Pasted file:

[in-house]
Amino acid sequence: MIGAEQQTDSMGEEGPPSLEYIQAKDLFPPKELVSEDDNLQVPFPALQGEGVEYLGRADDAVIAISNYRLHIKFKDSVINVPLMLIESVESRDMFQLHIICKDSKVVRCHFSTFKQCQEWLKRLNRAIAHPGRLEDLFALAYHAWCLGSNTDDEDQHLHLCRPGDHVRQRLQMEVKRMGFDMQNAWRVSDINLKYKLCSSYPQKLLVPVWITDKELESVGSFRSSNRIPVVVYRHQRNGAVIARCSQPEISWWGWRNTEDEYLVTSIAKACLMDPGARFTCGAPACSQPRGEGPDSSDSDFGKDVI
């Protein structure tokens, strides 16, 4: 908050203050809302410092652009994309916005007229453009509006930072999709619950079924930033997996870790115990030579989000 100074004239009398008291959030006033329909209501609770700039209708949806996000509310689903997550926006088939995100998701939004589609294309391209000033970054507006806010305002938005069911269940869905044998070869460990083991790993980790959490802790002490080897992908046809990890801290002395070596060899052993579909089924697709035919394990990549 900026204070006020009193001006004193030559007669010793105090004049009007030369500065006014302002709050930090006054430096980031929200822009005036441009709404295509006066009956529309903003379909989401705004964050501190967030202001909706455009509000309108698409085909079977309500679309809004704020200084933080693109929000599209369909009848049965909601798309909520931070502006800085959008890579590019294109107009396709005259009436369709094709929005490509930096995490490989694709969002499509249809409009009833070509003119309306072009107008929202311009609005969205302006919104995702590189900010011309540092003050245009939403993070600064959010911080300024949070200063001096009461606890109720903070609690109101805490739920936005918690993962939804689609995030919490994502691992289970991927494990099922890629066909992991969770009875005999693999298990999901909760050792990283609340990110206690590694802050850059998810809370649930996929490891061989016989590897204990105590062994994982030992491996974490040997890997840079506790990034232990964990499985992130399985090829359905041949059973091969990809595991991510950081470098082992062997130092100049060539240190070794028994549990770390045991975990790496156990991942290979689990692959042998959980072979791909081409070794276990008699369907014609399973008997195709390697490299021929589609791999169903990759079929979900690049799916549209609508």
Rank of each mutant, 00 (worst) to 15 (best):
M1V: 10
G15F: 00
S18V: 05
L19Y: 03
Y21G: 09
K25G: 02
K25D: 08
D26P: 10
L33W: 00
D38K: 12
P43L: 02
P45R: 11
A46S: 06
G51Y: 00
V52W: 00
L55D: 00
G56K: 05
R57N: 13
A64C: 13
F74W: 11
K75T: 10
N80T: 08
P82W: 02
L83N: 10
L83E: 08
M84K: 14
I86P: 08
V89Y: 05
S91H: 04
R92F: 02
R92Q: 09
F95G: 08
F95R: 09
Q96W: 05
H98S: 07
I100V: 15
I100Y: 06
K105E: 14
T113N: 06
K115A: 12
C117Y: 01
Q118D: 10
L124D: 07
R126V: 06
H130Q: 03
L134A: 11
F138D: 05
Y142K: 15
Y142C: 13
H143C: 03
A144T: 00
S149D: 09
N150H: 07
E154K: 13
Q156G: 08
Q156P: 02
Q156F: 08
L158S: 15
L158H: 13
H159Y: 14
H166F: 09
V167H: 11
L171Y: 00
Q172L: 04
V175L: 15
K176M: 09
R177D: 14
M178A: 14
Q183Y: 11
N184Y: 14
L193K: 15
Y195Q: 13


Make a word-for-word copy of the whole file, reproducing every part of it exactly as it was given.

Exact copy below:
[in-house]
Amino acid sequence: MIGAEQQTDSMGEEGPPSLEYIQAKDLFPPKELVSEDDNLQVPFPALQGEGVEYLGRADDAVIAISNYRLHIKFKDSVINVPLMLIESVESRDMFQLHIICKDSKVVRCHFSTFKQCQEWLKRLNRAIAHPGRLEDLFALAYHAWCLGSNTDDEDQHLHLCRPGDHVRQRLQMEVKRMGFDMQNAWRVSDINLKYKLCSSYPQKLLVPVWITDKELESVGSFRSSNRIPVVVYRHQRNGAVIARCSQPEISWWGWRNTEDEYLVTSIAKACLMDPGARFTCGAPACSQPRGEGPDSSDSDFGKDVI
């Protein structure tokens, strides 16, 4: 908050203050809302410092652009994309916005007229453009509006930072999709619950079924930033997996870790115990030579989000 100074004239009398008291959030006033329909209501609770700039209708949806996000509310689903997550926006088939995100998701939004589609294309391209000033970054507006806010305002938005069911269940869905044998070869460990083991790993980790959490802790002490080897992908046809990890801290002395070596060899052993579909089924697709035919394990990549 900026204070006020009193001006004193030559007669010793105090004049009007030369500065006014302002709050930090006054430096980031929200822009005036441009709404295509006066009956529309903003379909989401705004964050501190967030202001909706455009509000309108698409085909079977309500679309809004704020200084933080693109929000599209369909009848049965909601798309909520931070502006800085959008890579590019294109107009396709005259009436369709094709929005490509930096995490490989694709969002499509249809409009009833070509003119309306072009107008929202311009609005969205302006919104995702590189900010011309540092003050245009939403993070600064959010911080300024949070200063001096009461606890109720903070609690109101805490739920936005918690993962939804689609995030919490994502691992289970991927494990099922890629066909992991969770009875005999693999298990999901909760050792990283609340990110206690590694802050850059998810809370649930996929490891061989016989590897204990105590062994994982030992491996974490040997890997840079506790990034232990964990499985992130399985090829359905041949059973091969990809595991991510950081470098082992062997130092100049060539240190070794028994549990770390045991975990790496156990991942290979689990692959042998959980072979791909081409070794276990008699369907014609399973008997195709390697490299021929589609791999169903990759079929979900690049799916549209609508």
Rank of each mutant, 00 (worst) to 15 (best):
M1V: 10
G15F: 00
S18V: 05
L19Y: 03
Y21G: 09
K25G: 02
K25D: 08
D26P: 10
L33W: 00
D38K: 12
P43L: 02
P45R: 11
A46S: 06
G51Y: 00
V52W: 00
L55D: 00
G56K: 05
R57N: 13
A64C: 13
F74W: 11
K75T: 10
N80T: 08
P82W: 02
L83N: 10
L83E: 08
M84K: 14
I86P: 08
V89Y: 05
S91H: 04
R92F: 02
R92Q: 09
F95G: 08
F95R: 09
Q96W: 05
H98S: 07
I100V: 15
I100Y: 06
K105E: 14
T113N: 06
K115A: 12
C117Y: 01
Q118D: 10
L124D: 07
R126V: 06
H130Q: 03
L134A: 11
F138D: 05
Y142K: 15
Y142C: 13
H143C: 03
A144T: 00
S149D: 09
N150H: 07
E154K: 13
Q156G: 08
Q156P: 02
Q156F: 08
L158S: 15
L158H: 13
H159Y: 14
H166F: 09
V167H: 11
L171Y: 00
Q172L: 04
V175L: 15
K176M: 09
R177D: 14
M178A: 14
Q183Y: 11
N184Y: 14
L193K: 15
Y195Q: 13